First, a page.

Building Characters and Drawing Techniques

Yesterday, both classes got started on the process of starting to imagine their characters and build their story lines. For homework, I had asked everyone to choose a character (or characters) that you would like to base a graphic novel around if you were writing your own novel. I asked you to imagine what they…

Reinventing Greek Myth: Circe and Ulysses 31

In today’s lesson, we explored reinventing Greek myths through two very different adaptations. I asked you to read two pages from Madeline Miller’s novel, Circe, which tells the story of the witch Circe, who famously appears in Homer’s Odyssey. In the Odyssey, Circe is a relatively minor character. She is the daughter of the sun…

New Greek Monsters Gallery!

Thank you for all your inventive, exciting, frightening and downright disturbing Greek-style monsters! I really enjoyed them all, and hope you will enjoy exploring them too in this online gallery. As well as all these great portraits, we have some monsters who were described instead of drawn. The Hellagonatanies by Drew “are ancient creatures that…

Oceanus, Tethys and 3000 Oceanids

In this week’s lessons, we started by reading some pages from the “Understanding Comics” book by Scott McCloud, which explored some of the theories behind why comic art is so appealing. We discussed some of the ideas that you discovered, such as the concept that simplified drawings are more easy to identify with than ones with…

12 Olympians, a Titan and a Primordial Monster

In this week’s lessons, we have been continuing to explore how comics work. We looked at two comic pages at the start of each lesson, and discussed how they used the panels to show different parts of the story, as well as how the reader needs to use their own imagination to draw out the…

Primordials in Oxford: Year Eight Graphic Novel Project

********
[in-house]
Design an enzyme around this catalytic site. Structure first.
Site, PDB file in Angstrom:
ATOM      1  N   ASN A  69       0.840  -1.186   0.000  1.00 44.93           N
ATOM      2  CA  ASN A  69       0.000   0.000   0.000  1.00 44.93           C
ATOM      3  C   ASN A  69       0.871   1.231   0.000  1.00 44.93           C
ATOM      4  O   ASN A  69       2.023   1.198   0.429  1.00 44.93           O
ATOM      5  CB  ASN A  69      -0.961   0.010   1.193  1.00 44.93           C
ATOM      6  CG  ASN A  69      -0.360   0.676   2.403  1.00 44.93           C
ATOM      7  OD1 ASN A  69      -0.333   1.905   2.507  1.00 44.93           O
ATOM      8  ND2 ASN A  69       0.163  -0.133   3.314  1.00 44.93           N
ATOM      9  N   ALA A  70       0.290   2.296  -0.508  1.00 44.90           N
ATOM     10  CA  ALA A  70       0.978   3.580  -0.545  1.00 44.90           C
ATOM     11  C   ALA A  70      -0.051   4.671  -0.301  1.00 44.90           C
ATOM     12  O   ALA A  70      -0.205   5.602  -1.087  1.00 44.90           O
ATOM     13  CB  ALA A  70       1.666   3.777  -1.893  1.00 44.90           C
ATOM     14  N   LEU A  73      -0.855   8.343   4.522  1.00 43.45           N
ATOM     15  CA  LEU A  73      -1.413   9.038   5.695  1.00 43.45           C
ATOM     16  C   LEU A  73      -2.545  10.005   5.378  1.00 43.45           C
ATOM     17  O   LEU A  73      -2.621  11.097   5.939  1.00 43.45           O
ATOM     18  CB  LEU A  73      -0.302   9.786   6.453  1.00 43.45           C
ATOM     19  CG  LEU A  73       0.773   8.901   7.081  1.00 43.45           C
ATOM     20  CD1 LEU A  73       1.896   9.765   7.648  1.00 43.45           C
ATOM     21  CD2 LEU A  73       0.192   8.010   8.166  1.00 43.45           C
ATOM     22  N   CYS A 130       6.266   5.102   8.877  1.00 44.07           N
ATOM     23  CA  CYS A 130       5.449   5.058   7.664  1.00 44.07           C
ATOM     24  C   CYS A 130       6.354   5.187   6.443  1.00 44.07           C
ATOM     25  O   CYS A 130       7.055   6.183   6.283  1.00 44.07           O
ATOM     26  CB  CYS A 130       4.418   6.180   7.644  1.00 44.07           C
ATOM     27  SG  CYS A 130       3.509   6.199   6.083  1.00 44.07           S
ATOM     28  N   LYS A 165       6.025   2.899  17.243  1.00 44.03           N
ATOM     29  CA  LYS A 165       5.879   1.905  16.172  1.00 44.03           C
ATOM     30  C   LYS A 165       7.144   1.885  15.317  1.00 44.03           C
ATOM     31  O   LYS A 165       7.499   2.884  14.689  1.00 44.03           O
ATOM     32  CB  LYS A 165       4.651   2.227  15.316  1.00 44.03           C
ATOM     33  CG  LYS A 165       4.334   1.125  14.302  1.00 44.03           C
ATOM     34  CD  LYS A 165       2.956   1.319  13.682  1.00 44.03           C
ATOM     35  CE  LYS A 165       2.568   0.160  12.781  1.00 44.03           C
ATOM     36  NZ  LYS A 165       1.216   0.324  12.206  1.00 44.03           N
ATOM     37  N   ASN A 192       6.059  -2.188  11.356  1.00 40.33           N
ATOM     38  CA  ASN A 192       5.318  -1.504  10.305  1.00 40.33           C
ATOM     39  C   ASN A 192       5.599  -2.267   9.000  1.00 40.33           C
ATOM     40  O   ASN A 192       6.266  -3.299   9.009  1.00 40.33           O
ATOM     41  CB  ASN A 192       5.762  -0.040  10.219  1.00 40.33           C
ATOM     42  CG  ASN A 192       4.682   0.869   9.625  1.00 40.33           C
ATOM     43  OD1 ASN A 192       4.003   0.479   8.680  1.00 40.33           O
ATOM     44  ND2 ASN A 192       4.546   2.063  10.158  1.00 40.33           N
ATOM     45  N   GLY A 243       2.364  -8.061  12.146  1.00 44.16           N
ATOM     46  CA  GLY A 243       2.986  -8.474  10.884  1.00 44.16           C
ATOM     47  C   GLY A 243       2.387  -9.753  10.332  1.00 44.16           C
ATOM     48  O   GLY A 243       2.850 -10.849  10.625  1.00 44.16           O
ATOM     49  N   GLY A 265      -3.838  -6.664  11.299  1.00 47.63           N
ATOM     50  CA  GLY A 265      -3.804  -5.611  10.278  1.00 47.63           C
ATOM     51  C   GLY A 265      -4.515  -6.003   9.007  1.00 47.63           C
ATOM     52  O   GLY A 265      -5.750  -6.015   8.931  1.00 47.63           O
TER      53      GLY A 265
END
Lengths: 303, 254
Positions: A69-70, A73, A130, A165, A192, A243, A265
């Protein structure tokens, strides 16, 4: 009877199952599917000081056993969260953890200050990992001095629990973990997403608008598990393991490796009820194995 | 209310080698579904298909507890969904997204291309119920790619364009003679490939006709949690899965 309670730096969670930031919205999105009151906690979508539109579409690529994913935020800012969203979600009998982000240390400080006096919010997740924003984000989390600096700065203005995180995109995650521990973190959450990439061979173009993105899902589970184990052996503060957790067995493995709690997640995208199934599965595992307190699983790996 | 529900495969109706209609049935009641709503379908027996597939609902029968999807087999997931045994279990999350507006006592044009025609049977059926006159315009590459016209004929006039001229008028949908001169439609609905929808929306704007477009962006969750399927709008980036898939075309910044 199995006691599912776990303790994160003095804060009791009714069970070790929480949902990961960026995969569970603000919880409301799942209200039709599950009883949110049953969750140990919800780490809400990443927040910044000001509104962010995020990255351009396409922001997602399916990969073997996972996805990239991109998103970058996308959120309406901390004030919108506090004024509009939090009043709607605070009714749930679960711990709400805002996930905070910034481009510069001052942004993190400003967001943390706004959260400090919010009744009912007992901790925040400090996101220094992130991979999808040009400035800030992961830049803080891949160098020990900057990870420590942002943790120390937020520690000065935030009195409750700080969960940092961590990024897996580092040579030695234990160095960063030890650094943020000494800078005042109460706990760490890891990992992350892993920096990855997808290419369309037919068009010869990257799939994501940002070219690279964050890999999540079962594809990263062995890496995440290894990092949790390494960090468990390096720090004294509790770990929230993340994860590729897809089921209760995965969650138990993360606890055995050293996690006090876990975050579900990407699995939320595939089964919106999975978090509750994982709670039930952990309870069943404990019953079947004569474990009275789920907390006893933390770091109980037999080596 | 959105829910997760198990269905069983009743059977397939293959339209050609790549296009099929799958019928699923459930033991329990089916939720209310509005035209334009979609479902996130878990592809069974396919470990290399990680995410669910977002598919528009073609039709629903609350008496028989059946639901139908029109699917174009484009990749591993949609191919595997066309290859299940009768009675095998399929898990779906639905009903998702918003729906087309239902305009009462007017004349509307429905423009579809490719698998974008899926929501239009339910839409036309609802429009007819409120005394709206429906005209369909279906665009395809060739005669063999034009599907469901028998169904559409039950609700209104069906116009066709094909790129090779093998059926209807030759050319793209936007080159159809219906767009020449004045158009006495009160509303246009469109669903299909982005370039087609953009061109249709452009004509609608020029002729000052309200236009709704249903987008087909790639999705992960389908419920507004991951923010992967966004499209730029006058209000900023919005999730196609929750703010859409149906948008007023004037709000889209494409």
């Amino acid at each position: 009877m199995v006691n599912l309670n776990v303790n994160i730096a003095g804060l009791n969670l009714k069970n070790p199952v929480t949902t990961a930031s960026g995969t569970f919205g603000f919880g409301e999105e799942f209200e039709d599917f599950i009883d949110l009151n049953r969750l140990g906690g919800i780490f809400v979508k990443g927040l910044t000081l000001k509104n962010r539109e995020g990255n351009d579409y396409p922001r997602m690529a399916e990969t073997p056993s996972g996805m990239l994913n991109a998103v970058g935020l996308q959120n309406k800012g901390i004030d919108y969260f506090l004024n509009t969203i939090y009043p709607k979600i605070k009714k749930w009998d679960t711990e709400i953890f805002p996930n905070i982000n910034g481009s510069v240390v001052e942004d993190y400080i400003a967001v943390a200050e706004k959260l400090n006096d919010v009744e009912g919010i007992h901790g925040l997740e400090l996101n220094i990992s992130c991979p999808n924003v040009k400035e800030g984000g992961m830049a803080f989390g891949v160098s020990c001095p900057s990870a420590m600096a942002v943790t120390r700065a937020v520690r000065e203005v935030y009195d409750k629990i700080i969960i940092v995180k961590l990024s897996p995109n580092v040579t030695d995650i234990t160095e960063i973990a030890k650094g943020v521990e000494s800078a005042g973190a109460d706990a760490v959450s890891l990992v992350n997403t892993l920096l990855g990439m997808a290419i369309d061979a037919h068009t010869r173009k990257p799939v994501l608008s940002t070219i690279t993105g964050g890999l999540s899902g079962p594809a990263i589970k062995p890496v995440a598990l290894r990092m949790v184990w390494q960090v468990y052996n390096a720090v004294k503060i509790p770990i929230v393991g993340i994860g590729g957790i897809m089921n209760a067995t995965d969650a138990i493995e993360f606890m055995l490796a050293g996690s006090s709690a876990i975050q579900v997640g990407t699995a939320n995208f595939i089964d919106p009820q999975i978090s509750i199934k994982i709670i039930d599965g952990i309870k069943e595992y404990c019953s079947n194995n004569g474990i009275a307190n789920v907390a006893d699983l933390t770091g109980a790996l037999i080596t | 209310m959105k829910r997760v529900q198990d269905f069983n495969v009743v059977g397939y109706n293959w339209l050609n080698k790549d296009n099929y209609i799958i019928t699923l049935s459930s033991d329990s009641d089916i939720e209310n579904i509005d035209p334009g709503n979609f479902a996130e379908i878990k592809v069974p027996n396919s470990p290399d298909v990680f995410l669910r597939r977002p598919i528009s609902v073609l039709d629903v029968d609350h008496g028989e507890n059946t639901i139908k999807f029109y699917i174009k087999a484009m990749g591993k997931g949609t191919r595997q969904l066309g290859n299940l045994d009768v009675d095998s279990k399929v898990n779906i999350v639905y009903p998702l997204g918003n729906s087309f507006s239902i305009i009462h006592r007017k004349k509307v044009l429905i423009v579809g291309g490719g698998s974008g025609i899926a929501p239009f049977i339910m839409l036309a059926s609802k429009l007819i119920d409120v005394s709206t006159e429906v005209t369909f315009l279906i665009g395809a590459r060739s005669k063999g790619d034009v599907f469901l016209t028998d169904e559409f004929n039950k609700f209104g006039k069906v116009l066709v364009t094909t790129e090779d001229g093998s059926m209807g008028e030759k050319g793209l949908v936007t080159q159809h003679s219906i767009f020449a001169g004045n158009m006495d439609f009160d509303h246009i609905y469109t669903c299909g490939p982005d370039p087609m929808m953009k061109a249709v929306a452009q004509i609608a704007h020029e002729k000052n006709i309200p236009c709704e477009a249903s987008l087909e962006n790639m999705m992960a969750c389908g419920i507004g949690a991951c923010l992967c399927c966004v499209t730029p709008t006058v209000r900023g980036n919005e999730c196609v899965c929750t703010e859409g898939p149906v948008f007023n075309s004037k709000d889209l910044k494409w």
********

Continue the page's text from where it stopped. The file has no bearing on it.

This September, our two Year Eight Latin classes at Cheney School, Apollo and Artemis, are taking part in a project to design, write and illustrate a graphic novel which imagines the primordial Greek gods in modern day Oxford. A series of lessons are being delivered to introduce different primordial gods, as well as exploring the…

The Parthenon Frieze and Introducing Comics

We kicked off our second lesson with a quiz on on the vocabulary from chapter one, including a mixture of translation and word derivation questions. We then recapped the translation from chapter one of Telling Tales in Latin, and we explored what sort of story this was. The class spotted straightaway that it was a…

Unravelling the Fates

In this week’s lesson, we first looked at some clips from a film called The Adjustment Bureau. This features a group of men who appear to represent fate. They keep a close eye on everyone’s lives, and nudge people back in line if they are somehow veering away from their ‘plan’. The ancient Greeks grappled, just as…

Iris Classics Summer School: 26th – 28th August

This week, 30 children arrived at Cheney School to take part in the Iris Project’s sixth annual classics summer school. This year, the theme was Greek myths featuring transformation, and the four Latin and ancient Greek classes were named after characters who had been changed into other things – Arachne, the expert weaver who became…

Myths for the Modern Age

The Greeks and Romans had lots of inventive stories to explain how birds, trees, mountains, rocks, islands, and many other things came into being, but since classical times, we don’t have any new Greek and Roman myths to explain things. As a final lockdown project of the year, Year Eight Classics students have been inventing…